Reggie Ponder Response

As the first in a series of guest chats with professionals in the field this semester, Reginald Ponder was equally engaging and informative. I am very glad we were able to utilize the web-cam and Skype program despite initial technical difficulties because being able to talk person-to-person truly enhances the dialogue, especially towards the end when the class was perhaps a bit shy. With a career in advertising and a gig as a movie critic, Ponder is a great example of someone whose career fits his interests well, especially with his wide variety of side projects (syndicated shows in the works, movie critic for radio program and so on). His educational and career paths are an inspiration because he followed his interests from sociology to marketing and film, something I admire because at this point I am not quite sure of the career I would like to pursue.

One aspect of his talk that I really enjoyed was his inside perspective on the advertising industry. I had never before considered the wide array of careers available for writers and creative minds within advertising, whether it be media gurus, public relations or his role as a liaison between the client and company. It was also interesting to learn about his specialty in targeted ethnic marketing, which seems to take particular advantage of the “-ologies” he mentioned (sociology and psychology). There seems to be an added challenge in tailoring advertisements to a specific population because of the need to be in tune with the pulse of the community and aware of any sensitivities. However, our society is diverse and in order for a company to be successful, it needs to be aware of its audience and avoid offensive ads like the one Ponder mentioned (the car company with the tasteless commercial) that ultimately resulted in a major boycott.

Perhaps the most important thing I took away from the discussion with Ponder was his advice on creating one’s personal brand. As evident on his LinkedIn page, in addition to listing the positions he has held, Ponder emphasized his skills and expertise, a key component to one’s brand. Furthermore, I particularly liked his concept of your personal website being like a business card. It helped relate to me the changing frontier of communications and job hunting in which perspective employers have an increased number of ways of learning about you via the Internet, whether it be your blog or pictures on your Facebook. Although I had been aware of this prior to the talk, after class last Wednesday I went back to my room and looked through my Facebook and website from an objective perspective. I did this to ensure it properly reflected the person I want to project because, as Ponder stated, it is the first impression in today’s society.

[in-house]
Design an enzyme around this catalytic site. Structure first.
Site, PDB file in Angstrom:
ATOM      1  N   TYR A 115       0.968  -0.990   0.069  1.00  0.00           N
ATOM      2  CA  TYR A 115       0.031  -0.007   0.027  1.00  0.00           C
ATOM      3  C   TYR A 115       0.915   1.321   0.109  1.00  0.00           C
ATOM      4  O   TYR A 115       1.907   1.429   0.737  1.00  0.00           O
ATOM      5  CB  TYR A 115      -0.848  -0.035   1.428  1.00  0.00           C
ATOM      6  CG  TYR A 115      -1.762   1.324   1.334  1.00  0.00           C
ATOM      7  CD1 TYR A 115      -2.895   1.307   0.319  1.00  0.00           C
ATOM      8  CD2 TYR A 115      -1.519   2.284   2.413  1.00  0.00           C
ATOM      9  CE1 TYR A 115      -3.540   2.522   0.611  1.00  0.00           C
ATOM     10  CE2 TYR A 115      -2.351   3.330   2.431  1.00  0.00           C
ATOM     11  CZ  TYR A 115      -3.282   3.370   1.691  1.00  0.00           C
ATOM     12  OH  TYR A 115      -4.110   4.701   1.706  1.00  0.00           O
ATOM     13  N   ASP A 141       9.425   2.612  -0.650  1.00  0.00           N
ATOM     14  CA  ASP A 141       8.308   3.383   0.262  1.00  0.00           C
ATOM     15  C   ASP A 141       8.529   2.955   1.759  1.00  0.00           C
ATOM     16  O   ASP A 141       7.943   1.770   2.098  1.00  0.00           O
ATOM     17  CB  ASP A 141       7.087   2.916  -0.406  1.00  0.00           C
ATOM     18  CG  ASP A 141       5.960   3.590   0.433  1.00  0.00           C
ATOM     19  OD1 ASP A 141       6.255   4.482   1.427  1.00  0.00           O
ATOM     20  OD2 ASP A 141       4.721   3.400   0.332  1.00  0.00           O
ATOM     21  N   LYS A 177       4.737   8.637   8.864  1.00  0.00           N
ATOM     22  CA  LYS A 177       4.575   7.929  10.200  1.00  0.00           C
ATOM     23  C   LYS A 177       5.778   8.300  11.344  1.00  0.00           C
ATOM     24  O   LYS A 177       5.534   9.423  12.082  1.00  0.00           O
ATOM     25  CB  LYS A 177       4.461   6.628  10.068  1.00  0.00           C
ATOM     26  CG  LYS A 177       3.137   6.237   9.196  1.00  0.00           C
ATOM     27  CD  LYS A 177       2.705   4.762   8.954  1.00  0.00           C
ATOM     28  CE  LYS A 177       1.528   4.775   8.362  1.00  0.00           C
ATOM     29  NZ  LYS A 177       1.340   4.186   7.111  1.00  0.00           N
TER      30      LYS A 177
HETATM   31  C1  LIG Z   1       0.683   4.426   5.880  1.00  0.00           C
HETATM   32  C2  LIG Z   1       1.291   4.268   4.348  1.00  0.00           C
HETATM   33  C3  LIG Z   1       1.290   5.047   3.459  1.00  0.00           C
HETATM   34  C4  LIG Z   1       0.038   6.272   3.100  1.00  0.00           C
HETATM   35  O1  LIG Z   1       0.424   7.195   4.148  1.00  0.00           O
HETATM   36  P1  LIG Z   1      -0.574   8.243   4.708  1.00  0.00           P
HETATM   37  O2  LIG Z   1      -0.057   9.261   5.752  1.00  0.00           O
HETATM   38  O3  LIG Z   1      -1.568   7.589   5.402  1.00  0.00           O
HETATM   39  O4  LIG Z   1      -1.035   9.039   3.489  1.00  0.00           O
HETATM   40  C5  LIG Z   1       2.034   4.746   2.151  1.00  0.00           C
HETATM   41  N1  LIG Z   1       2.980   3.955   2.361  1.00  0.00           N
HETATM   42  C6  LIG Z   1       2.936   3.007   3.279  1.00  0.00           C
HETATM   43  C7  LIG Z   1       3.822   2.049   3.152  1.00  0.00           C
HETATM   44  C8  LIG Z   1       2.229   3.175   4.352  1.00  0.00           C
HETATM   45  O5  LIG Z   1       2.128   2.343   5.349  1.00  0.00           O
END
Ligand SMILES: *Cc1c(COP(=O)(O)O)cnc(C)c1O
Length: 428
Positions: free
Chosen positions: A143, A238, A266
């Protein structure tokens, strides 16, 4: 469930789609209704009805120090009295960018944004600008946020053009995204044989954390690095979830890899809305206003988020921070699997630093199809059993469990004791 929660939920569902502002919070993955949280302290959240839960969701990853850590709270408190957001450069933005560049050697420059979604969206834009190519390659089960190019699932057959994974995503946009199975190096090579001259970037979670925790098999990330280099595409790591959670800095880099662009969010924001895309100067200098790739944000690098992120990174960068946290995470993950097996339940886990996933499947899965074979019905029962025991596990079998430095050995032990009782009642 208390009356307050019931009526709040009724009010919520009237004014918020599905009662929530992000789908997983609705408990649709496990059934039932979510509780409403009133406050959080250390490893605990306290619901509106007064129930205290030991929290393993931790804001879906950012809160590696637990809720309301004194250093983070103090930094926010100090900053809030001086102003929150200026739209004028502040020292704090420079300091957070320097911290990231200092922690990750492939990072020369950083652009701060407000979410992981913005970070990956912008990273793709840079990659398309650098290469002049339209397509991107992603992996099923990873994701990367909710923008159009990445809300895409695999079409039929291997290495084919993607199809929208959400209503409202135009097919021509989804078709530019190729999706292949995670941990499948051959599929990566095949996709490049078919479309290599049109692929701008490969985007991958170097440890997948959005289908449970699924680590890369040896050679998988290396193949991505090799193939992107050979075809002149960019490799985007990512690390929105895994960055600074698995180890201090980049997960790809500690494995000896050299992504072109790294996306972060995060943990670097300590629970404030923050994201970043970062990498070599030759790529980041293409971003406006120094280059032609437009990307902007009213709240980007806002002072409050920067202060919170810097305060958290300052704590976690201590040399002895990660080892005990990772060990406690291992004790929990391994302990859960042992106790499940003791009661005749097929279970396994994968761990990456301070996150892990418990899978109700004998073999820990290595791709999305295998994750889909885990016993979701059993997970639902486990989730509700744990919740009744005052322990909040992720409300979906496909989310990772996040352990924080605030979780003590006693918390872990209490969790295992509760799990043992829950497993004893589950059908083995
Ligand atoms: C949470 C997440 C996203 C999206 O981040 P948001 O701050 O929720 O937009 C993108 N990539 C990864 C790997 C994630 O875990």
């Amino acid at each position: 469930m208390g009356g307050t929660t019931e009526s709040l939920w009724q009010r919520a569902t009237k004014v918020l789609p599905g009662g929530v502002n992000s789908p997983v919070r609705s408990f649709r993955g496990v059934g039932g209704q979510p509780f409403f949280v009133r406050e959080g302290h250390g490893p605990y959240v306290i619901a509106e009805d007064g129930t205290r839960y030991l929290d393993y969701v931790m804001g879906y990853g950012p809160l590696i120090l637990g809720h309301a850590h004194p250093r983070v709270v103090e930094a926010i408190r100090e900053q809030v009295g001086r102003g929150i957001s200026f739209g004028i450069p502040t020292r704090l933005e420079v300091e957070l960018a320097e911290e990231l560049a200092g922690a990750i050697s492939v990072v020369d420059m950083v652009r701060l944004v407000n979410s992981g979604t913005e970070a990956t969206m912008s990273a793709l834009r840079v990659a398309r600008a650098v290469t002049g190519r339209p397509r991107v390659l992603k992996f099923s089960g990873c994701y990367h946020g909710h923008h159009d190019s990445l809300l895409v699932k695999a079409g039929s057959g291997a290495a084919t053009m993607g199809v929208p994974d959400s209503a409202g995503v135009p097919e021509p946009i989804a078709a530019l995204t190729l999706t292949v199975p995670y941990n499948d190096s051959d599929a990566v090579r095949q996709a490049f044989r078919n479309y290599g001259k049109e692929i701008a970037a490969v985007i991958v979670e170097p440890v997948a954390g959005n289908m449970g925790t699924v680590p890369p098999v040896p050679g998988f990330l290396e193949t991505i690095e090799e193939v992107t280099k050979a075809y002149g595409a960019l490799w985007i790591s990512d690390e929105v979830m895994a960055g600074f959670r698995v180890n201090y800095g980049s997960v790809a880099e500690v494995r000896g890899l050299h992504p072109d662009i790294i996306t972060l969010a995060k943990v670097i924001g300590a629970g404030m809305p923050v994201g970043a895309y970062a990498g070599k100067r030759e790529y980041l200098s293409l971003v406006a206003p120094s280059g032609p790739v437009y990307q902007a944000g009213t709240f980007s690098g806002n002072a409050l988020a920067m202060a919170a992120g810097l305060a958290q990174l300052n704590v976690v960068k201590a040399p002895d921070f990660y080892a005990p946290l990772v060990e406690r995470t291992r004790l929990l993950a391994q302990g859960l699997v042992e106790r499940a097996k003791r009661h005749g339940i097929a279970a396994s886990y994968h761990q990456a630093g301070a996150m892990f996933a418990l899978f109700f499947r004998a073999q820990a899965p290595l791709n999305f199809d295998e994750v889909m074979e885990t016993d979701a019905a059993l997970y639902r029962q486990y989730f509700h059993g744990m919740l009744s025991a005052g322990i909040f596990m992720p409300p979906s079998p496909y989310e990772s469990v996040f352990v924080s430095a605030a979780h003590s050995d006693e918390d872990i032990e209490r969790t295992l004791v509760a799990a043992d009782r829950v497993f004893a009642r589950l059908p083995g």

Overall, I really appreciate Ponder taking the time to speak with our class and his straightforward advice was really helpful. One question I did have for him that I did not get a chance to ask was how he would describe himself in terms of his brand. An advertiser? Movie critic? Both? Now that I am aware of the type of advertising he works in, I have been paying closer attention to commercials and advertisements to see if I can pick up any special marketing tools. I also plan on doing something similar when I watch movies, perhaps also keeping up to date on those movies he has reviewed because his perspective is really unique and offers a different take on subject matter than I normally pick up on, for example, the scalping reference in “Inglourious Basterds.” One can learn a lot about our society and the stereotypes that are subtly present by having a broader, more objective point of view in one’s interactions with others, a skill that would prove invaluable in any career.


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